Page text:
Northview Teacher, School Board Chair Call For Review Of 120 ‘Obscene’ Books; School Board To Address Book Policy:

The Language Arts Department chair at Northview High School and the chairman of the Escambia County School Board are calling for the immediate removal of about 120 books from school libraries until they can be reviewed.

Both are clear they are not out to randomly ban books.

Vicki Baggett has taught for over 30 years, with the last two decades at Northview. She’s compiled a growing list of about 120 books that she says are inappropriate in schools, mostly due to sexual language and graphic drawings that she actually believes violate Florida’s obscenity laws.

She provided with 14 pages listing the books available in Escambia County middle and high school libraries and cited hundreds of graphic and sexually explicit references. Many of the references, stories and descriptions from the books are so explicit that our policies won’t let us print them here.

Editor’s note: The remainder of this story includes content that some readers may find offensive or may not be appropriate for all ages.

Many of the books books on her list contain graphic and descriptive sexual language, include pedophilia and bestiality. One book uses the F-word 116 times. The are numerous books containing underage sex, what she termed “alternate sexualties”, “explicit violent content”, self-mutilation, suicide, rape, racism, and graphic drawings.

“I have asked the superintendent to quarantine or remove from circulation the challenged books until a review consistent with state statute is conducted,” School Board Chairman Kevin Adams said of Baggett’s list.

So far, that has not happened.

“The School Board has the authority to remove books from its libraries; however, it cannot do so simply because it disagrees with the message of a book or it offends the personal morals of an individual, “School Board General Counsel Ellen Odom said in an emailed statement on Monday. “Through the review process, if the School Board determines that a particular book is pornographic or obscene, is not suited to student needs and their ability to comprehend the material presented, is inappropriate for the grade level and age group for which the material is used , or is factually inaccurate or misleading, it can direct the removal of such book. “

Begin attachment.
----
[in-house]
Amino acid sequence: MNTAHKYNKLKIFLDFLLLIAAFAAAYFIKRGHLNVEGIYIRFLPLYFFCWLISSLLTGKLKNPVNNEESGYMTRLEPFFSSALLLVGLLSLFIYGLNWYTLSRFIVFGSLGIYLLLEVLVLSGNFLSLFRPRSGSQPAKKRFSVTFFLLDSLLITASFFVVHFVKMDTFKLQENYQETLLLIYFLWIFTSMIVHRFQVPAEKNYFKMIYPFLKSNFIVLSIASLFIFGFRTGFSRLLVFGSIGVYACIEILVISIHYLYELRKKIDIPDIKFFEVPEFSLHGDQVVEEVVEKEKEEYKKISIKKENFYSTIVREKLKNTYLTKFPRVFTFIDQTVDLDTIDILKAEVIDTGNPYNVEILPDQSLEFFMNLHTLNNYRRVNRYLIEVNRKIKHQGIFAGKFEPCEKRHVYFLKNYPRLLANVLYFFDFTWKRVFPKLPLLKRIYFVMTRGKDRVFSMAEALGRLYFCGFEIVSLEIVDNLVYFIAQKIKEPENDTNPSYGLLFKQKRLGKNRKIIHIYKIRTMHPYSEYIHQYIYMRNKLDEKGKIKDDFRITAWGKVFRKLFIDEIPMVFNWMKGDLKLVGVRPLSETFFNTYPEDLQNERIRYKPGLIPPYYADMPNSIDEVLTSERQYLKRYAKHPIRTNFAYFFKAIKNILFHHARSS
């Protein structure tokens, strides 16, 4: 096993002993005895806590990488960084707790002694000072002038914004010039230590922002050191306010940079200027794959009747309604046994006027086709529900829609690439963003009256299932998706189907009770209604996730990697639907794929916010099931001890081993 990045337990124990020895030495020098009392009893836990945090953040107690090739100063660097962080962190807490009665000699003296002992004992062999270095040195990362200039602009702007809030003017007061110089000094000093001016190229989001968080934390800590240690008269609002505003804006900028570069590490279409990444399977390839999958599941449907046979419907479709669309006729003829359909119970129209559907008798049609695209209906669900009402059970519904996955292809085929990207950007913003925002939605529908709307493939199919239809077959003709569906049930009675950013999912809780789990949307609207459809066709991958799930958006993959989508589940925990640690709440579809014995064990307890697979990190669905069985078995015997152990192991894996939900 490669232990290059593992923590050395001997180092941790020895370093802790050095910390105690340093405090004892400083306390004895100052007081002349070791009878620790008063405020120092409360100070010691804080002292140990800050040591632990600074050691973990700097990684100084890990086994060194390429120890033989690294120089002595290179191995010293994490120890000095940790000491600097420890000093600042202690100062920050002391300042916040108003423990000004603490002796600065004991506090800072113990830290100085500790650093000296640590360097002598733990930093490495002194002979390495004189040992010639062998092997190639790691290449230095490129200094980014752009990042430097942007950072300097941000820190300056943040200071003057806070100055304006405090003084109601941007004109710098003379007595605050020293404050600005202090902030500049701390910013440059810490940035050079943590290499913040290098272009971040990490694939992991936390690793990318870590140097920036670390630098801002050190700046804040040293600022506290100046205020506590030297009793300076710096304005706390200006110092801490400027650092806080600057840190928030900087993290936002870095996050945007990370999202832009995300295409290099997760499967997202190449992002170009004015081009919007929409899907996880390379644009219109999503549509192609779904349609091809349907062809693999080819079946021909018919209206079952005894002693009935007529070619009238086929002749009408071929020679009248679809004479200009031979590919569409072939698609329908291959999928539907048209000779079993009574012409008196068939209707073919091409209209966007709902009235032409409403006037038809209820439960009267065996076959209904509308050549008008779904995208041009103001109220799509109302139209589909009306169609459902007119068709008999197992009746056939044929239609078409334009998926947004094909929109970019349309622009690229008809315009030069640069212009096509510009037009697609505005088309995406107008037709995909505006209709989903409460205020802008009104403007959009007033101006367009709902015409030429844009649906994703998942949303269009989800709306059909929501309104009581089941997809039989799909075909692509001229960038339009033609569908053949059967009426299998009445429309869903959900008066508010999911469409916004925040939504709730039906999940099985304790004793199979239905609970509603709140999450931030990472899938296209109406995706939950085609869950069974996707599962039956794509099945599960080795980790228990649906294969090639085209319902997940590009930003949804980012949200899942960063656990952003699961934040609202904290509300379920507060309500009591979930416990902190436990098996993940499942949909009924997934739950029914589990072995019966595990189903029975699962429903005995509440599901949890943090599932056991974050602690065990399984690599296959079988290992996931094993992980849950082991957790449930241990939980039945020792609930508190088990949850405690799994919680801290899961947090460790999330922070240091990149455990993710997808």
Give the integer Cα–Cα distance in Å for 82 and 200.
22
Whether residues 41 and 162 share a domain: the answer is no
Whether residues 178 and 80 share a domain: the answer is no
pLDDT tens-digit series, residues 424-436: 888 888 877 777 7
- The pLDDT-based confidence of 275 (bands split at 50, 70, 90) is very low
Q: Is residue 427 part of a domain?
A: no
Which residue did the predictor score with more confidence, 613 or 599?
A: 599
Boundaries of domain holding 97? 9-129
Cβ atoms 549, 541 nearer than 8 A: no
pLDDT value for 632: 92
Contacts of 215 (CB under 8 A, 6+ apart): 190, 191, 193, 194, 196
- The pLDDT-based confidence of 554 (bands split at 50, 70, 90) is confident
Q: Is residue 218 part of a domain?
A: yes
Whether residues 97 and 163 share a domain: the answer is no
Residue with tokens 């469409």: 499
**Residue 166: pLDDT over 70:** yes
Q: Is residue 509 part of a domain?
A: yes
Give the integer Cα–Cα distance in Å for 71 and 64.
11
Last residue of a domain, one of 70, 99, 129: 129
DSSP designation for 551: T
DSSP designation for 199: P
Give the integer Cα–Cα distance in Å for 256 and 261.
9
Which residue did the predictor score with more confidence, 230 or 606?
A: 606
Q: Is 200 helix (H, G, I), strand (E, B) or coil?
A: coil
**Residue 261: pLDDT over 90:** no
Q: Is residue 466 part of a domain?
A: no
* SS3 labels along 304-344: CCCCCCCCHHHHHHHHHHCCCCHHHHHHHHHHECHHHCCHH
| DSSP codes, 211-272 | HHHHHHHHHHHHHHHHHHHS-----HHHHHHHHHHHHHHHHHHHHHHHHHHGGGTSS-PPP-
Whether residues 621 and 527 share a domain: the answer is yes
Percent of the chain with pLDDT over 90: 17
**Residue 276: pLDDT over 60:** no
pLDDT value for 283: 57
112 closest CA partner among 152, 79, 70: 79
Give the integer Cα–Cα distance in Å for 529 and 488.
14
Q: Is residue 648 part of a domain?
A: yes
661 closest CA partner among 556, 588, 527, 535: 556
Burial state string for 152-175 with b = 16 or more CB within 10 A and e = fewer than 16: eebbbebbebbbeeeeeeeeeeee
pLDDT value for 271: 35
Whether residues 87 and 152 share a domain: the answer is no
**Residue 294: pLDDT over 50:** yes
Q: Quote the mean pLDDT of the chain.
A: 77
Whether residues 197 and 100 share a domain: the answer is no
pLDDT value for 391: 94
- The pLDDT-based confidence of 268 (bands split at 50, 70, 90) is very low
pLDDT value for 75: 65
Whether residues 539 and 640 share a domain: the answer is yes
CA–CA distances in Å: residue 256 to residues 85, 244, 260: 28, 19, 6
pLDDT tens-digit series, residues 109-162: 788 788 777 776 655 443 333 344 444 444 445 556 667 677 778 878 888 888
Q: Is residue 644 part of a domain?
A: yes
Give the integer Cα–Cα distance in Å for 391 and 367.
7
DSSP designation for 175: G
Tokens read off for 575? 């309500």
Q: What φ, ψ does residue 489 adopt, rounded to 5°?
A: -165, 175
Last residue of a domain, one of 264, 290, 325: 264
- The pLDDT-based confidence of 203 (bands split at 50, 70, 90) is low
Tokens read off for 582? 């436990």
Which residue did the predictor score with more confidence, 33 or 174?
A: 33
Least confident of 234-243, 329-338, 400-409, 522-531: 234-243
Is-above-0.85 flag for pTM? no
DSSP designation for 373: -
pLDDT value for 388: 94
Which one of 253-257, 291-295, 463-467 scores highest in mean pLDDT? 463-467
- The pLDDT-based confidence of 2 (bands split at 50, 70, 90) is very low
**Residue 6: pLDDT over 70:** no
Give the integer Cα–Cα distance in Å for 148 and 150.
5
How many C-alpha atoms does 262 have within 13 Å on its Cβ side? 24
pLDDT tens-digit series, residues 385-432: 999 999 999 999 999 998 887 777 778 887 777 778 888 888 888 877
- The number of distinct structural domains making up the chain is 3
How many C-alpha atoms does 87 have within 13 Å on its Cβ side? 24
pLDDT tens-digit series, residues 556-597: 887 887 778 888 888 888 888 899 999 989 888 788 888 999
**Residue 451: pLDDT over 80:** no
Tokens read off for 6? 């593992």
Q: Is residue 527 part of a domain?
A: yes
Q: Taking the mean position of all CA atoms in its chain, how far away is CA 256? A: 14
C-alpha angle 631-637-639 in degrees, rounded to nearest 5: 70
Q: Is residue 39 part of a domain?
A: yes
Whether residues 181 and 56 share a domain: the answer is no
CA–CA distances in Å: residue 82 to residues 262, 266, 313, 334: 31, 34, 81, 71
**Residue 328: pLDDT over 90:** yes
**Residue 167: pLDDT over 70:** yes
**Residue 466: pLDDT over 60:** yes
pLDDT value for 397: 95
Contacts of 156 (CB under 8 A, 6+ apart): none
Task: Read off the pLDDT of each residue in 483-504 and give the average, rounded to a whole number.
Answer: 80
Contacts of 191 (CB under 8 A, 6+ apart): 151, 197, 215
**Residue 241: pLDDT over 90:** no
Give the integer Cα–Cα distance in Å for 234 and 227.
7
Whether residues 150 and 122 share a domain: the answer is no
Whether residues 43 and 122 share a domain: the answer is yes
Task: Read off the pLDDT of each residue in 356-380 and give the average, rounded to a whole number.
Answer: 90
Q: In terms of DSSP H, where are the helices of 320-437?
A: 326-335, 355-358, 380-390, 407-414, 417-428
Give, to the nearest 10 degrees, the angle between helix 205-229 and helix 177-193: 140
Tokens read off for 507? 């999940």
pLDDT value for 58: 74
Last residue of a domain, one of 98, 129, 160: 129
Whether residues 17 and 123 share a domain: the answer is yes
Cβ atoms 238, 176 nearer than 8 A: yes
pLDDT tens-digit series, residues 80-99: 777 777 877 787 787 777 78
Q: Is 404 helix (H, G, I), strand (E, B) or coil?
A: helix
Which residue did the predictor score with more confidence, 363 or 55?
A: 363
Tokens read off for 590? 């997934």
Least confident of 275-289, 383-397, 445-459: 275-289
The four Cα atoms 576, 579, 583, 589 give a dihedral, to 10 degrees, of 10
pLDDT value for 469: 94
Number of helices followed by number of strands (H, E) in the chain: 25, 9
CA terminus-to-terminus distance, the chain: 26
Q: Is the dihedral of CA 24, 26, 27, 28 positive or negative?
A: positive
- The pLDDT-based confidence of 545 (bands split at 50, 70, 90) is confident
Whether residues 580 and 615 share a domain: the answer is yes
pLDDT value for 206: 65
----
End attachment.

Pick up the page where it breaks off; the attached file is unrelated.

Adams and Baggett both said it’s not a matter of banning books based upon their personal beliefs; rather, it’s a matter of using tax money to purchase obscene material and taking away parental choice. Both said parents have the right to allow their children access to the books through the public library or bookstores.

Several of the books are winners of major literary awards and accolades, but both said the books need to be reviewed to determine if they are age-appropriate for middle or high school readers.

“The biggest thing is we have to ensure children cannot access age inappropriate material without parental approval,” Adams said. “We have to respect parental rights.”

Adams pointed out that every Escambia County school student receives a library card for the West Florida Public Libraries, and some of the books can be accessed at those public libraries. “Would I advocate that? Yeah. But they can, ”he said.

“We have a rating system for everything. We have a rating system for movies. We have a rating system for music. Why don’t we have a rating system for books? We can even do that in the library, ”Baggett.

The Escambia County School Board has scheduled a special workshop for 8 am on October 10 to discuss a revised school library collection development policy and educational media review policy to ensure consistency with a recently passed state law, HB 1467, which requires school districts to be transparent in the selection of instructional materials, including library and reading materials. will continue to follow this story.

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